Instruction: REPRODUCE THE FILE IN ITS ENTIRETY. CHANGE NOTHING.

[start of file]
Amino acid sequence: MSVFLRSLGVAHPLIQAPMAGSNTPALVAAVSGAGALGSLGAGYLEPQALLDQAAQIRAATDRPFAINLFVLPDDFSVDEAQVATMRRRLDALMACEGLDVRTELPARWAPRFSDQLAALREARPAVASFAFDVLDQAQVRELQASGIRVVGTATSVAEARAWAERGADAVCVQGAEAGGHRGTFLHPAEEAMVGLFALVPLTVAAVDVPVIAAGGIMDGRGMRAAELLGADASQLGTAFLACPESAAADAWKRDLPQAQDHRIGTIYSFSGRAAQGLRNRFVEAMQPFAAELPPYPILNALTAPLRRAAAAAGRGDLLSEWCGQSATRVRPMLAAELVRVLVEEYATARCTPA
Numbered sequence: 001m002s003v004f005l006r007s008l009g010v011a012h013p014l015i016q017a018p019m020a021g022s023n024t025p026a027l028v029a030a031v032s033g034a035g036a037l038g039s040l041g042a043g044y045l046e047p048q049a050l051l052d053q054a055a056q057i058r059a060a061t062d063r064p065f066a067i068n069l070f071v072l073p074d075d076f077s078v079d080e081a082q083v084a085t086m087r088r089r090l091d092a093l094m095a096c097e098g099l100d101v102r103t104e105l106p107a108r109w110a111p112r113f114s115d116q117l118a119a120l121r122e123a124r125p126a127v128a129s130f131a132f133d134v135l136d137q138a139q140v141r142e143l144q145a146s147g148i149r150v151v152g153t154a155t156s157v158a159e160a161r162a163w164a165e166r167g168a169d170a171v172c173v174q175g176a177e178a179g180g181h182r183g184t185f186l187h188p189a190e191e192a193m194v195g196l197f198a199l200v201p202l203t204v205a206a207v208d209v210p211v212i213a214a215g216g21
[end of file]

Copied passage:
Amino acid sequence: MSVFLRSLGVAHPLIQAPMAGSNTPALVAAVSGAGALGSLGAGYLEPQALLDQAAQIRAATDRPFAINLFVLPDDFSVDEAQVATMRRRLDALMACEGLDVRTELPARWAPRFSDQLAALREARPAVASFAFDVLDQAQVRELQASGIRVVGTATSVAEARAWAERGADAVCVQGAEAGGHRGTFLHPAEEAMVGLFALVPLTVAAVDVPVIAAGGIMDGRGMRAAELLGADASQLGTAFLACPESAAADAWKRDLPQAQDHRIGTIYSFSGRAAQGLRNRFVEAMQPFAAELPPYPILNALTAPLRRAAAAAGRGDLLSEWCGQSATRVRPMLAAELVRVLVEEYATARCTPA
Numbered sequence: 001m002s003v004f005l006r007s008l009g010v011a012h013p014l015i016q017a018p019m020a021g022s023n024t025p026a027l028v029a030a031v032s033g034a035g036a037l038g039s040l041g042a043g044y045l046e047p048q049a050l051l052d053q054a055a056q057i058r059a060a061t062d063r064p065f066a067i068n069l070f071v072l073p074d075d076f077s078v079d080e081a082q083v084a085t086m087r088r089r090l091d092a093l094m095a096c097e098g099l100d101v102r103t104e105l106p107a108r109w110a111p112r113f114s115d116q117l118a119a120l121r122e123a124r125p126a127v128a129s130f131a132f133d134v135l136d137q138a139q140v141r142e143l144q145a146s147g148i149r150v151v152g153t154a155t156s157v158a159e160a161r162a163w164a165e166r167g168a169d170a171v172c173v174q175g176a177e178a179g180g181h182r183g184t185f186l187h188p189a190e191e192a193m194v195g196l197f198a199l200v201p202l203t204v205a206a207v208d209v210p211v212i213a214a215g216g21